Moreover, in long-term cultures, it is crucial to evaluate the safety and quality of MSCs. A number of papers have recently been published on chromosomal stability and the spontaneous transformation of MSCs, most of which are of human or mouse origin (Rubio et al. 2005; Zhou et al. 2006; Aguilar et al. 2007; Bernardo et al. 2007; Zhang et al. 2007; Meza-Zepeda et al. 2008; Izadpanah et al. 2008; Røsland et al. 2009). Very few data are present for rat MSCs (rMSCs; Zhou et al. 2006; Furlani et al. 2009). The importance of analyzing rMSCs is related to their use as a model for understanding their human relatives. For this purpose, we evaluated and compared the biological characteristics and the chromosomal status of rMSCs at several culture passages/stages. In addition, for rMSCs, we used four different cell culture conditions in order to assess some possible influencing factors on genomic stability. Firstly, we used the conventional, traditional cytogenetic techniques in order to have the opportunity to observe even minor structural abnormalities and to identify low-degree mosaic conditions. Then, a more detailed genomic analysis was conducted by array comparative genomic hybridization (array-CGH).

Material and methods

Isolation and culture of rMSCs

Animal procedures were conducted in accordance with the European Communities Council Directive 86/609/EEC. rMSCs were obtained from the bone marrow of four 10-week-old female Sprague-Dawley rats, as previously described (Donzelli et al. 2007). Total cells extracted from bone marrow (P0) were about 200 × 106. rMSCs were cultured in: α-minimum essential medium (α-MEM) with 10% (a) or 20% (b) embryonic stem cell screened fetal bovine serum (ES-FBS) and Dulbecco’s modified Eagle medium (DMEM) with 10% (c) or 20% (d) ES-FBS. rMSC cultures were maintained at 37°C in a humidified atmosphere containing 5% CO2. After 48 h, the nonadherent cells were removed, and the cells attaching to the culture flasks were cultured in the four above conditions with a change of medium every 3–4 days. When rMSC cultures reached 80–90%, cells were detached by using 0.25% trypsin in 0.1% ethylenediaminetetraacetic acid (EDTA) and either used in experiments or replated (one third) in 25-cm2 culture flasks and expanded.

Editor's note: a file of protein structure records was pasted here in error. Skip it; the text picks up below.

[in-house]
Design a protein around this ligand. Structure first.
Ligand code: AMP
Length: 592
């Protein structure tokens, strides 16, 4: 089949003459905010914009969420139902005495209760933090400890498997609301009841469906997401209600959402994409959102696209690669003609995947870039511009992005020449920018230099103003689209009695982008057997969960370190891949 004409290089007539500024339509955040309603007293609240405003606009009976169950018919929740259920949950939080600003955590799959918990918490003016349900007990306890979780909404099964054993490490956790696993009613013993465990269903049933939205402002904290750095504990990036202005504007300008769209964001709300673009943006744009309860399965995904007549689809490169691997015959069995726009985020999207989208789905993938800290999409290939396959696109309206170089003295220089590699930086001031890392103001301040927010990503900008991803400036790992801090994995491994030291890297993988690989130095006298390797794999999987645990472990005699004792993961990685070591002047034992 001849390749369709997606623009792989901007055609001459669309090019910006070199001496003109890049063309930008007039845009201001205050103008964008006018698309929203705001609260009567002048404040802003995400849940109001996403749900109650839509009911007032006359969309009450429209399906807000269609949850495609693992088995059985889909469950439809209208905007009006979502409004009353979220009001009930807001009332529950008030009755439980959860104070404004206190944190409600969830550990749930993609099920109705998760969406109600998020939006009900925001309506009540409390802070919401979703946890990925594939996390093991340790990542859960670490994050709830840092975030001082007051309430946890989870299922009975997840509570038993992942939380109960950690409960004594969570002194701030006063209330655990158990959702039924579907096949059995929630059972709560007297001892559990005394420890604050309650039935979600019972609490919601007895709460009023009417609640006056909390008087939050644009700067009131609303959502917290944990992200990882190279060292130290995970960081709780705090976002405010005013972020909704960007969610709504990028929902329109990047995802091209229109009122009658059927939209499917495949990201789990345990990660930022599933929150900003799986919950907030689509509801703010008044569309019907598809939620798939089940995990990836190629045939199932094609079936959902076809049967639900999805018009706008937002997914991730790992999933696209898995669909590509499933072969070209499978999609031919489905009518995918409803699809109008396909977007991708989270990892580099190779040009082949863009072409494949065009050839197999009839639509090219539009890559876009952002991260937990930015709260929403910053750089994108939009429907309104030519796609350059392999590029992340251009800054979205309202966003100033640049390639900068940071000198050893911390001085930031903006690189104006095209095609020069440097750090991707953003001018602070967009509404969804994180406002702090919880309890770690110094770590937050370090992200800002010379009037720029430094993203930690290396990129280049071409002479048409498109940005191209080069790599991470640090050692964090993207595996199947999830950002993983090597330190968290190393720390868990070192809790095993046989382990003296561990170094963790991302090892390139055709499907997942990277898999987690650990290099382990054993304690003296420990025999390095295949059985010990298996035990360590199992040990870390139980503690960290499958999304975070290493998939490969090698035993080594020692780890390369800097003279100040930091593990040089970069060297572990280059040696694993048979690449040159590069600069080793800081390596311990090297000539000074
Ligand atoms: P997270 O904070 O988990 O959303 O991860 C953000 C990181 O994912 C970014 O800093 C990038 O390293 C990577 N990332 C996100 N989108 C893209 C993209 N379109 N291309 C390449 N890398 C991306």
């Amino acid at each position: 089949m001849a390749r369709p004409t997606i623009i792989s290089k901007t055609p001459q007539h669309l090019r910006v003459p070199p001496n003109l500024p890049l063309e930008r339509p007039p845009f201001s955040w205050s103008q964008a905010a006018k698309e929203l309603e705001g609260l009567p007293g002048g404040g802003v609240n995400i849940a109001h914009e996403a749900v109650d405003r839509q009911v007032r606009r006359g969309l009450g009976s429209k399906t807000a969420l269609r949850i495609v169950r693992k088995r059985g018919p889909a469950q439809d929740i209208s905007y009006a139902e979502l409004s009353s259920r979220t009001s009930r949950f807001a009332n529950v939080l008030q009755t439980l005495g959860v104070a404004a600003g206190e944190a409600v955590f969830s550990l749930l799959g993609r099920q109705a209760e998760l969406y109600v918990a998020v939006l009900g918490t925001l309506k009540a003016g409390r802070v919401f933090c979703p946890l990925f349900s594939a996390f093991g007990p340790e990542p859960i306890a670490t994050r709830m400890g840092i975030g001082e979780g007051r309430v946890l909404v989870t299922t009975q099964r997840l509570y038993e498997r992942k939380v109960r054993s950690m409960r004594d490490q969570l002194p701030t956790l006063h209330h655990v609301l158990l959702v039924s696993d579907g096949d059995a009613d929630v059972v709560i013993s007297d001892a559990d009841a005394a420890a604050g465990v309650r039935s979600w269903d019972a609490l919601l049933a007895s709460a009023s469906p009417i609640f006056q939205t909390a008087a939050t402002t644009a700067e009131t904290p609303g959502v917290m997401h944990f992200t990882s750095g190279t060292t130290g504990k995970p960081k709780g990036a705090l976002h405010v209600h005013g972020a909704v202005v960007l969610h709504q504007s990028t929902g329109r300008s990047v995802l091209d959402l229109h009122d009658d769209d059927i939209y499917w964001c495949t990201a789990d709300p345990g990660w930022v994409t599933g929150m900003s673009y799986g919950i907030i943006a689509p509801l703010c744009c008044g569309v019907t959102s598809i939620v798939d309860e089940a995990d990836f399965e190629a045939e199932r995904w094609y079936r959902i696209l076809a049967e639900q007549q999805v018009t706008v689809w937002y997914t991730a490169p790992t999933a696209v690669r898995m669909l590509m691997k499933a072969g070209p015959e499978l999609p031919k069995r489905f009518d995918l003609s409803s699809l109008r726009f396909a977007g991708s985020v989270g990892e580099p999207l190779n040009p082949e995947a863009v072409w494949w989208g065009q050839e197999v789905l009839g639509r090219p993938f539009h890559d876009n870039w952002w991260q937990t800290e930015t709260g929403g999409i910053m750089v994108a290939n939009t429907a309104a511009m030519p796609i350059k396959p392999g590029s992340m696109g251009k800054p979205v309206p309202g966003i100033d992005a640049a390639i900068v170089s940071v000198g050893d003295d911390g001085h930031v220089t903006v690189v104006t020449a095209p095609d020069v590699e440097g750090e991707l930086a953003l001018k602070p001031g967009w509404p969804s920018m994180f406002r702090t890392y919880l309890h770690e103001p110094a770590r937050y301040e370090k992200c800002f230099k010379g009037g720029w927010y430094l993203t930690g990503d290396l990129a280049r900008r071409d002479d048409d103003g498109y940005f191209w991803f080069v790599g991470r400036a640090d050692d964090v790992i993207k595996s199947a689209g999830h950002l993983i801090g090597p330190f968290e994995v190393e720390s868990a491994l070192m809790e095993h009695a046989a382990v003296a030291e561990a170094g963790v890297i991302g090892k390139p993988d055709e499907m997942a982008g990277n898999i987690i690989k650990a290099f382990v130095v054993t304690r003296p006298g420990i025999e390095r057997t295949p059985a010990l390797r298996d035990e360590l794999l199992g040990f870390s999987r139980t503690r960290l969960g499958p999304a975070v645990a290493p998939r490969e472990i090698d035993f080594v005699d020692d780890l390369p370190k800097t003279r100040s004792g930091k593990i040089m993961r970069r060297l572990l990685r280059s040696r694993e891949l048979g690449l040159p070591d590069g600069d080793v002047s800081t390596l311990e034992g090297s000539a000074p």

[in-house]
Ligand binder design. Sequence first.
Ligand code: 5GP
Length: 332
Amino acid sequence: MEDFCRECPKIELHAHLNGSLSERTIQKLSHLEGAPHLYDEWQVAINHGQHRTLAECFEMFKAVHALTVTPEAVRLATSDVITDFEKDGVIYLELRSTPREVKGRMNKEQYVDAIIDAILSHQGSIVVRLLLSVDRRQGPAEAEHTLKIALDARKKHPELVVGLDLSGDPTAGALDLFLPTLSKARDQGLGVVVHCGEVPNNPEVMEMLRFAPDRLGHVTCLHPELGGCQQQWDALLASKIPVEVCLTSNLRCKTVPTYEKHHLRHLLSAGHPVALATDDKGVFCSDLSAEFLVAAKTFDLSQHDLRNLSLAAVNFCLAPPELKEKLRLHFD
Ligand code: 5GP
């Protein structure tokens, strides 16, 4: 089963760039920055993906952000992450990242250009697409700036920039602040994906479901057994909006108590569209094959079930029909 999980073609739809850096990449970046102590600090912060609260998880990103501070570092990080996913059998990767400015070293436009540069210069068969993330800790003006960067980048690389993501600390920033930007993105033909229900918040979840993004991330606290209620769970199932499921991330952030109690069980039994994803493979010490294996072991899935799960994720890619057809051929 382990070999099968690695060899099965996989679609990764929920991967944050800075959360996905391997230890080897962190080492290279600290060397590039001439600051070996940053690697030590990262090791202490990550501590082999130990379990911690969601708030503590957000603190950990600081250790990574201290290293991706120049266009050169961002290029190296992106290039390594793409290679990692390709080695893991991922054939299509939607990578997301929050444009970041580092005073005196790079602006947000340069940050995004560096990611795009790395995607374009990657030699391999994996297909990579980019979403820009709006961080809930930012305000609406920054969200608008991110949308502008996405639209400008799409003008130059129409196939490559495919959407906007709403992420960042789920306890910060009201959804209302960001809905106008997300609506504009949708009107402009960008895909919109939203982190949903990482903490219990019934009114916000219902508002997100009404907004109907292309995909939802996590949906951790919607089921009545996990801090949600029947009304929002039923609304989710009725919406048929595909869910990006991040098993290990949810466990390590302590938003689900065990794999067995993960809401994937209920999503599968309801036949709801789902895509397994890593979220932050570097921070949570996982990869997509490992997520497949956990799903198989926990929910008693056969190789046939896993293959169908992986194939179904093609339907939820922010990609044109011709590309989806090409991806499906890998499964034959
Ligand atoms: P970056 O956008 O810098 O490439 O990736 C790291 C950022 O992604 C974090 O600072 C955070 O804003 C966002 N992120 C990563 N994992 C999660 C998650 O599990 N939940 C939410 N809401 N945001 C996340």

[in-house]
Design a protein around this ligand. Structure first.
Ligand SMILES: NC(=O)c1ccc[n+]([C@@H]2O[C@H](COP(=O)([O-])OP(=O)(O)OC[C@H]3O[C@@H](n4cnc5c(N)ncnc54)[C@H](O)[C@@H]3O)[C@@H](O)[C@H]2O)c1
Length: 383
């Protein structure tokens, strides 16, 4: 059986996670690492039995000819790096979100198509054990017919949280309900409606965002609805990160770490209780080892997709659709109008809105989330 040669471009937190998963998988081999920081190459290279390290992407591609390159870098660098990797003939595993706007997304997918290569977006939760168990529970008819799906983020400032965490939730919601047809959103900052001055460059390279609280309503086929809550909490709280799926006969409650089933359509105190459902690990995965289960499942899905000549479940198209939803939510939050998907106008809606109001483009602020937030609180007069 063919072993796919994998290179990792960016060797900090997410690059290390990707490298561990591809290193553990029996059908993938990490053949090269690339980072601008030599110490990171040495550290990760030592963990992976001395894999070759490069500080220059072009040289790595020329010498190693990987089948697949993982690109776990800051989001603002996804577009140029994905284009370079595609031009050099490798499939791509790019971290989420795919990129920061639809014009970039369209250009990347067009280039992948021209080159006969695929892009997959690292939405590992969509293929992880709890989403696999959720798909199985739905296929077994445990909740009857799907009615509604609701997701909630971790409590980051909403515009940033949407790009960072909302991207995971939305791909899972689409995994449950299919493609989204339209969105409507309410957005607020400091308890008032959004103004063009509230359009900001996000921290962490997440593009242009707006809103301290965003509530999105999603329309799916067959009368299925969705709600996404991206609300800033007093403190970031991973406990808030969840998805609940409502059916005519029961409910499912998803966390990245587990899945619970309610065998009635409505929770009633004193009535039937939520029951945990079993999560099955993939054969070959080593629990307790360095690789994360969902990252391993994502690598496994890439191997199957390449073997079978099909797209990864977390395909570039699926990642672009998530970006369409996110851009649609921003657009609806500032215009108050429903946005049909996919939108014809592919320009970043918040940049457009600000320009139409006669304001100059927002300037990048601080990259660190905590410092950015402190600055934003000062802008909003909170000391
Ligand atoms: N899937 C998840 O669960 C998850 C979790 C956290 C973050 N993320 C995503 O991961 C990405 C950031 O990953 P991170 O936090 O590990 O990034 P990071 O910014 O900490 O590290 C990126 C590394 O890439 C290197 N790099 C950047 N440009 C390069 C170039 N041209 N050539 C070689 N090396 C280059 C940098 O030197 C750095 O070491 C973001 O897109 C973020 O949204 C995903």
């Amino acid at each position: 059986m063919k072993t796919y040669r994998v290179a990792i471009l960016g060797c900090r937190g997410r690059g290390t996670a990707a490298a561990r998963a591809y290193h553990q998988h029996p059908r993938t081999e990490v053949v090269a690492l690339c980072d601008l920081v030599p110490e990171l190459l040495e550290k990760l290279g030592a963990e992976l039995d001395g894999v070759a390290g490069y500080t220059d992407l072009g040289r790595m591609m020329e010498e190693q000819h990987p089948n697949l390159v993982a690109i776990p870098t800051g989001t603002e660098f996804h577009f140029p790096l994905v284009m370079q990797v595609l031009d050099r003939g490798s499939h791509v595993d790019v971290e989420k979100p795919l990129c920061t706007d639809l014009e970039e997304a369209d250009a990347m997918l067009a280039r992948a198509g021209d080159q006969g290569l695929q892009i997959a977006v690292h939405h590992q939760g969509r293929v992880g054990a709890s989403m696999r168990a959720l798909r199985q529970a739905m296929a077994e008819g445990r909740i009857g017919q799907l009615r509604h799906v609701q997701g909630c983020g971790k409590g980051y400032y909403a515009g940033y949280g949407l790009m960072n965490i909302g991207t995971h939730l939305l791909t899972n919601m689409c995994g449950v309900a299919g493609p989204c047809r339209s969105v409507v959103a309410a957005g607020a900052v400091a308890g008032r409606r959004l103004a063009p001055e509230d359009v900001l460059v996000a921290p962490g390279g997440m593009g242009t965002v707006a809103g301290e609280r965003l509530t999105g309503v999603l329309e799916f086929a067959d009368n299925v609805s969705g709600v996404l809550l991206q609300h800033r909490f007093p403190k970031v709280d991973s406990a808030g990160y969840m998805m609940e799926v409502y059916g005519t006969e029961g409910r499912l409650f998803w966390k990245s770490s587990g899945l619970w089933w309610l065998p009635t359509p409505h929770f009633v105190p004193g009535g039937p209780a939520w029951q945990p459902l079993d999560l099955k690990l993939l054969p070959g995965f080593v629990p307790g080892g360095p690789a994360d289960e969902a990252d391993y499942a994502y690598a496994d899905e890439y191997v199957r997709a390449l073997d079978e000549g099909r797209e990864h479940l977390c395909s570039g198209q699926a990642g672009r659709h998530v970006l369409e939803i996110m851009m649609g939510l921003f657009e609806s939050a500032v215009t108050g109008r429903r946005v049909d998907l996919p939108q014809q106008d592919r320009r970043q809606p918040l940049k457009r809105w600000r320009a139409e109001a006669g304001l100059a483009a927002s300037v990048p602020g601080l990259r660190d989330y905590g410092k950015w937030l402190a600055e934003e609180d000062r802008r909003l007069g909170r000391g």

Immunological characterization of rMSCs

rMSCs (passage P1–P2) were detached by trypsinization, collected in fluorescence-activated cell sorting (FACS) tubes (106 cells in each tube) and centrifuged at 1,000 rpm for 10 min. Then, cells were decanted, washed with dilution buffer containing 3% FBS and 0.01% sodium azide diluted in phosphate-buffered saline (PBS), and centrifuged twice at 1,000 rpm for 10 min. Incubation with the following monoclonal antibodies was performed for 30 min at 4°C: PE-CY7 antimouse/rat CD29 (clone HMb1-1; Biolegend, San Diego, CA, USA), fluorescein isothiocyanate (FITC) antirat/mouse CD90 (clone OX-7; Biolegend, San Diego, CA, USA), PE antimouse/rat CD34 (clone ICO115; Santa Cruz Biotechnology, Inc.), biotin antirat CD45 (clone OX-1; Biolegend, San Diego, CA, USA). In other tubes, cells were incubated with the following appropriate isotype control reagents to estimate the nonspecific binding of target primary antibodies to cell surface antigens: isotype-matching IgG-FITC, IgG-PE/Cy7 (Biolegend, San Diego, CA, USA), IgG-PE (R&D Systems, Minneapolis, MN, USA). In another single tube, cells were incubated only with PerCP–streptavidin (BD Pharmigen, Germany) without adding the primary antibody conjugated with biotin. After incubation, cells were centrifuged, decanted, and resuspended in dilution buffer three times. Analysis was performed on a flow cytometer (BD FACScanto™ FlowCytometer, BD Biosciences, San Jose, CA, USA) after the establishment of gating windows for forward light scatter and side scatter and nonspecific bindings. Data were analyzed using FACS Diva software. See Fig. S1 in Supplementary Material.